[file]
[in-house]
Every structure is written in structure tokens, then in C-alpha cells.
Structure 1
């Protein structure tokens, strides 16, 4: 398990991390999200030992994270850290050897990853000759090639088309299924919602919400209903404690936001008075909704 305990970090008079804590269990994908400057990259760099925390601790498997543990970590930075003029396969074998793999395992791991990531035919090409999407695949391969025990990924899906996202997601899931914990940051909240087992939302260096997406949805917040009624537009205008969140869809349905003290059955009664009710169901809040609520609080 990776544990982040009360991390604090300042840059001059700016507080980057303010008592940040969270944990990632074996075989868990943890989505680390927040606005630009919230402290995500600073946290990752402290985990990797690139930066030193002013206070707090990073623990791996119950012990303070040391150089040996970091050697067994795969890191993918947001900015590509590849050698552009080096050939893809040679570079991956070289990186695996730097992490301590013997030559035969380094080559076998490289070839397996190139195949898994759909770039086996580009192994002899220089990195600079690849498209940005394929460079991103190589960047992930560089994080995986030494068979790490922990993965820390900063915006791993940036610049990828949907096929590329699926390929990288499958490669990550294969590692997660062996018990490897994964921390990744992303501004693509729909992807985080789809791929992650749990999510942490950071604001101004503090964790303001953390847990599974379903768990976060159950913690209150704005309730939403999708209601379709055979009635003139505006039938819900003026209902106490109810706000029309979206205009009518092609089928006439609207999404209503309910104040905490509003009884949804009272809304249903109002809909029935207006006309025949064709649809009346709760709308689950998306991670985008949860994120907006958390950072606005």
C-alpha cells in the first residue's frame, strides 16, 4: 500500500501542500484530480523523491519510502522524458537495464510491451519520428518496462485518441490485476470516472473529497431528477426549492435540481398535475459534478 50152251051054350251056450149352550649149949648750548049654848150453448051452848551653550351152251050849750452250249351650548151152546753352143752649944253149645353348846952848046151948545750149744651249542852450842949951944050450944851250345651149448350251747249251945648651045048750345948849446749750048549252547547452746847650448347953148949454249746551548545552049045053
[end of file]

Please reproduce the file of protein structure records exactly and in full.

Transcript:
[in-house]
Every structure is written in structure tokens, then in C-alpha cells.
Structure 1
């Protein structure tokens, strides 16, 4: 398990991390999200030992994270850290050897990853000759090639088309299924919602919400209903404690936001008075909704 305990970090008079804590269990994908400057990259760099925390601790498997543990970590930075003029396969074998793999395992791991990531035919090409999407695949391969025990990924899906996202997601899931914990940051909240087992939302260096997406949805917040009624537009205008969140869809349905003290059955009664009710169901809040609520609080 990776544990982040009360991390604090300042840059001059700016507080980057303010008592940040969270944990990632074996075989868990943890989505680390927040606005630009919230402290995500600073946290990752402290985990990797690139930066030193002013206070707090990073623990791996119950012990303070040391150089040996970091050697067994795969890191993918947001900015590509590849050698552009080096050939893809040679570079991956070289990186695996730097992490301590013997030559035969380094080559076998490289070839397996190139195949898994759909770039086996580009192994002899220089990195600079690849498209940005394929460079991103190589960047992930560089994080995986030494068979790490922990993965820390900063915006791993940036610049990828949907096929590329699926390929990288499958490669990550294969590692997660062996018990490897994964921390990744992303501004693509729909992807985080789809791929992650749990999510942490950071604001101004503090964790303001953390847990599974379903768990976060159950913690209150704005309730939403999708209601379709055979009635003139505006039938819900003026209902106490109810706000029309979206205009009518092609089928006439609207999404209503309910104040905490509003009884949804009272809304249903109002809909029935207006006309025949064709649809009346709760709308689950998306991670985008949860994120907006958390950072606005």
C-alpha cells in the first residue's frame, strides 16, 4: 500500500501542500484530480523523491519510502522524458537495464510491451519520428518496462485518441490485476470516472473529497431528477426549492435540481398535475459534478 50152251051054350251056450149352550649149949648750548049654848150453448051452848551653550351152251050849750452250249351650548151152546753352143752649944253149645353348846952848046151948545750149744651249542852450842949951944050450944851250345651149448350251747249251945648651045048750345948849446749750048549252547547452746847650448347953148949454249746551548545552049045053